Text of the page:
Mac proved himself to be an artist who could create through every curve and divet in his life, and the fans responded by bonding to him in a way otherwise unseen. The risk was a jarring vulnerability, and the reward was developing a spiritual bond between himself and his literally growing fan base. People need music for the transitional periods and gray areas, and these confounding points did not scare of Mac Miller, they inspired him. Or, as Mac puts it on “Loud,” “Ladies and gentlemen, this is Macadelic.”
The good news is, Macadelic still sounds fantastic. At the time, Macadelic was Mac’s most detail-oriented project. From the sampling of French women speaking to the subtle clinks of ice on “1 Threw 8,” to the vast and sprawling horizon-like production on “Thoughts From A Balcony,” you can hear the twinkle of the midnight stars in the keys layered in the back of the mix, and the thick clouds mimicked by rich and drifting chords. Mac made sure the contemplative tones were treated to equally pensive and moving production.
Yet, Mac still knew how to have fun, a la K.I.D.S.. The twinkle of “Thoughts From A Balcony” transforms into a mechanical tick on “Aliens Fighting Robots,” and “Loud” along with “Ignorant” are time-bomb bangers. Let’s not forget the smoked-up and jazzy feel of “America,” either. Mac always had range, but there’s a lucidity to his versatility on Macadelic that makes the album come across as more varied. There’s a purity to this pivot, and to each sub-pivot on the mixtape. Every new note feels like an honest venture to push Mac Miller’s creative limits, and thankfully, he never lets up.
Better yet, Macadelic is the first time Mac Miller pursued making truly affecting music. Years later, and “Clarity” remains one of the best love songs Mac Miller has ever written. His themes are still ever-so juvenile, but they are close, as in the haze of “The Mourning After” dripping into “1 Threw 8,” where Mac muses on his mortality.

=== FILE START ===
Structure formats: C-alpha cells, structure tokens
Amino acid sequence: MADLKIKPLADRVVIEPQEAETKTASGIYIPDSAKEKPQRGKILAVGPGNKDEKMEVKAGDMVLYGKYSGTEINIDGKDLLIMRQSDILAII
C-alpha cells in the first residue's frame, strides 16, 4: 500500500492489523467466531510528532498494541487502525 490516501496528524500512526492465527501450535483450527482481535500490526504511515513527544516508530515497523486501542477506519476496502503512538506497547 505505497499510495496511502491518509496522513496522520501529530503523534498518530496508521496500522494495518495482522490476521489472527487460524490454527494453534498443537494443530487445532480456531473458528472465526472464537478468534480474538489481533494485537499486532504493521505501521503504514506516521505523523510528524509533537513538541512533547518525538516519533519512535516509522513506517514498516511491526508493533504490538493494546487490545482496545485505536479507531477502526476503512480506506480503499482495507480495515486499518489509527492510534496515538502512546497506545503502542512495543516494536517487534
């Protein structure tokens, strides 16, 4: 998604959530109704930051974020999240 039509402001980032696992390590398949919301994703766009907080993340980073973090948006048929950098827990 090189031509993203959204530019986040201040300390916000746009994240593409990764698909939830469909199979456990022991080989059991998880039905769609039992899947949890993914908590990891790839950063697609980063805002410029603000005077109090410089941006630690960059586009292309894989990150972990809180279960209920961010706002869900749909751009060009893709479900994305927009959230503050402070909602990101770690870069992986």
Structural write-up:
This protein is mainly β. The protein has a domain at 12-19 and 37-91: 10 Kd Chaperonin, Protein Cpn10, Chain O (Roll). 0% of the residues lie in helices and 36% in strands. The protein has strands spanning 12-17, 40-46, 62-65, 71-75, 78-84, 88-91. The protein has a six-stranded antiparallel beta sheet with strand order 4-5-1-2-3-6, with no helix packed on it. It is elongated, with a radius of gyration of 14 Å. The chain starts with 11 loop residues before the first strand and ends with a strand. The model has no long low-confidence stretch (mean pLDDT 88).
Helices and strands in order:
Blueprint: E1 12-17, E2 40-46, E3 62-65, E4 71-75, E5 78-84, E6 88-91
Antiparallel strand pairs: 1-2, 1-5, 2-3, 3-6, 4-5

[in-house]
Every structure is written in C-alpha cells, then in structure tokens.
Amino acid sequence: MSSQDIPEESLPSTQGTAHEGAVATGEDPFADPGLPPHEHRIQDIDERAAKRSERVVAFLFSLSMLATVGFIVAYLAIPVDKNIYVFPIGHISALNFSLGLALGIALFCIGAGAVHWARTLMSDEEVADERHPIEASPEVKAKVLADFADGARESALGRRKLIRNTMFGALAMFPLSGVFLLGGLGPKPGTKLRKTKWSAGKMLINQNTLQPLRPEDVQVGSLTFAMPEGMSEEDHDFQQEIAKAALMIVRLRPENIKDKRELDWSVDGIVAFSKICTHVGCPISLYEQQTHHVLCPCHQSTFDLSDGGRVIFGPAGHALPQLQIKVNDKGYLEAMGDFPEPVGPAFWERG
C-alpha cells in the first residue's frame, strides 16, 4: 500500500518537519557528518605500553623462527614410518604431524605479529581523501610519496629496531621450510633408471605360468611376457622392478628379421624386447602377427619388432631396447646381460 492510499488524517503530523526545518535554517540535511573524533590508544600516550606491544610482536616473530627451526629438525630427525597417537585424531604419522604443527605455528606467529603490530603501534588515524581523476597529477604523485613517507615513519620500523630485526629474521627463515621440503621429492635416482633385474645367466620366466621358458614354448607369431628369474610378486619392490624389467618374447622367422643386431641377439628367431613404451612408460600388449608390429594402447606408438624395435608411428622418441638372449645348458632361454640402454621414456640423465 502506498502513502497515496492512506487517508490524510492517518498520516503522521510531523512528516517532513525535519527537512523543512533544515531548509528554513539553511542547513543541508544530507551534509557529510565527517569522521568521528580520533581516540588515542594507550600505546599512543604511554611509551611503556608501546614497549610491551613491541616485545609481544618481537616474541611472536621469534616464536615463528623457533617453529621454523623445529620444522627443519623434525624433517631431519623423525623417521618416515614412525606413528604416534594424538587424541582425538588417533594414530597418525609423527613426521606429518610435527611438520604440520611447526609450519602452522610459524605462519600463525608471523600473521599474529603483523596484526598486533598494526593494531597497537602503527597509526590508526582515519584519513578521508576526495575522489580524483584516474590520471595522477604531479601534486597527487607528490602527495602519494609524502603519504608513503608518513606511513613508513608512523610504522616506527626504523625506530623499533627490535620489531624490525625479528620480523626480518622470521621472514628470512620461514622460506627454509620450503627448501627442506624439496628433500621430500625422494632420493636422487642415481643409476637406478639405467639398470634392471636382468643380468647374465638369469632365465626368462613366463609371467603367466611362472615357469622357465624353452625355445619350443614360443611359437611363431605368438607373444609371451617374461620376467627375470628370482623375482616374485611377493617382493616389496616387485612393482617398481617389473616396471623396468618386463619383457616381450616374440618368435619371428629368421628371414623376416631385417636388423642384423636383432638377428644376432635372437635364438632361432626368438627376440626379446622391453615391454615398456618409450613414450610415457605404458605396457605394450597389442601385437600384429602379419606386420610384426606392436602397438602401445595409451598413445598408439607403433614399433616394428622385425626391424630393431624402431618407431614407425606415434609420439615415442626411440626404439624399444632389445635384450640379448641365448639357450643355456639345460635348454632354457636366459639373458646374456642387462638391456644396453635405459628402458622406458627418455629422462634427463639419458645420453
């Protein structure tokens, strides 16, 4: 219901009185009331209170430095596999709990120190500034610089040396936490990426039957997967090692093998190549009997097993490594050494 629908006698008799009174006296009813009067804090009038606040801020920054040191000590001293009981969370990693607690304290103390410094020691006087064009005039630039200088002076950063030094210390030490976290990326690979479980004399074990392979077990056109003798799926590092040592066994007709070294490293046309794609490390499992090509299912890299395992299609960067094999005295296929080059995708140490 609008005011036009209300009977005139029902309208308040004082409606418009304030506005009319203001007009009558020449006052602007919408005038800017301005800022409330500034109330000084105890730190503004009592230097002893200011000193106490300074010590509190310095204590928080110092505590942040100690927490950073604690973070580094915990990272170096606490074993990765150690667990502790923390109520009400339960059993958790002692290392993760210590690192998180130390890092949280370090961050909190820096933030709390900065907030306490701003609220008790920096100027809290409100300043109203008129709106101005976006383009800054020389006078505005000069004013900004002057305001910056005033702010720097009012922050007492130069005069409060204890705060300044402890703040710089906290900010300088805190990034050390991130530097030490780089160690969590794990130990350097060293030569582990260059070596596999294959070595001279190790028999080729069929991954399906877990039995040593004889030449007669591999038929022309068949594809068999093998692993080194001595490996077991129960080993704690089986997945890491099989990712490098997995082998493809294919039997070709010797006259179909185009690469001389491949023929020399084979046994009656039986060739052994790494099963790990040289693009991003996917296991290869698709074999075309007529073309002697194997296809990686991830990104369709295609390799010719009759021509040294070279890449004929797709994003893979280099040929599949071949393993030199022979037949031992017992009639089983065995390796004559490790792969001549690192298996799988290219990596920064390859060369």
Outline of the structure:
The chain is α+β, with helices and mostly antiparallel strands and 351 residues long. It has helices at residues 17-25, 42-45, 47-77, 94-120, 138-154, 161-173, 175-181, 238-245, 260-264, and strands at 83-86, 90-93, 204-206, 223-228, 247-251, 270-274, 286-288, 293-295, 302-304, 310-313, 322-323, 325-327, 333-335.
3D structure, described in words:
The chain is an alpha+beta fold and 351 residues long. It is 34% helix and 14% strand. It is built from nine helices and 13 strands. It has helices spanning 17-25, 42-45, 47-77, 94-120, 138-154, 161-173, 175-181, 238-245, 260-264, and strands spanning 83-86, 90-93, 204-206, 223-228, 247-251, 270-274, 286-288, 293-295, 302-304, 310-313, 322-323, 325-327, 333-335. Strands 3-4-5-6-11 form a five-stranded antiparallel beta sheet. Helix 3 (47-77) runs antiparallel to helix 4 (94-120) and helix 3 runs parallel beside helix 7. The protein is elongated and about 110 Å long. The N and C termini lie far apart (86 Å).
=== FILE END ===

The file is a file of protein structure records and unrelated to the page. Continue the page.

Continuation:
Of course, the lyrics are more potent in the wake of his passing, but it would be disingenuous to solely appraise his discography through the lens of his death. At the time of making “1 Threw 8,” at the time of Swimming, even, Mac Miller was roused and excited about life and his future. Though we did not know the depth of his drug-induced music at the time, his allusions to pills and lean and the avant-garde images that came from his drug experiments were the building blocks to his series of growth spurts (Watching Movies With the Sound Off, Faces, and going sober on GO:OD AM).
On Macadelic, Mac finds comfort in searching for meaning in his most present darkness. He chooses to feel through everything. That choice leads him to produce his opus just two years later (Faces) and brings him still closer to his fans. Mac’s obsession with hurt and immediacy, with the ever-rising potential of his death, first took root on this tape, and we took root with him. Perhaps that is why Macadelic is so, so striking in the context of Mac’s discography because we have gone from blindly loving life to asking the difficult questions life unearths from us all. It’s his willingness to ask those questions and his resilience in the face of getting no answers that make Mac Miller so endearing.
The speaking quality of Mac Miller's music begins with Macadelic. As in, his ability to speak for his fans and have his voice touch on topics fans did not know they needed to discuss. This is Mac's maturity in motion. “This is Macadelic.”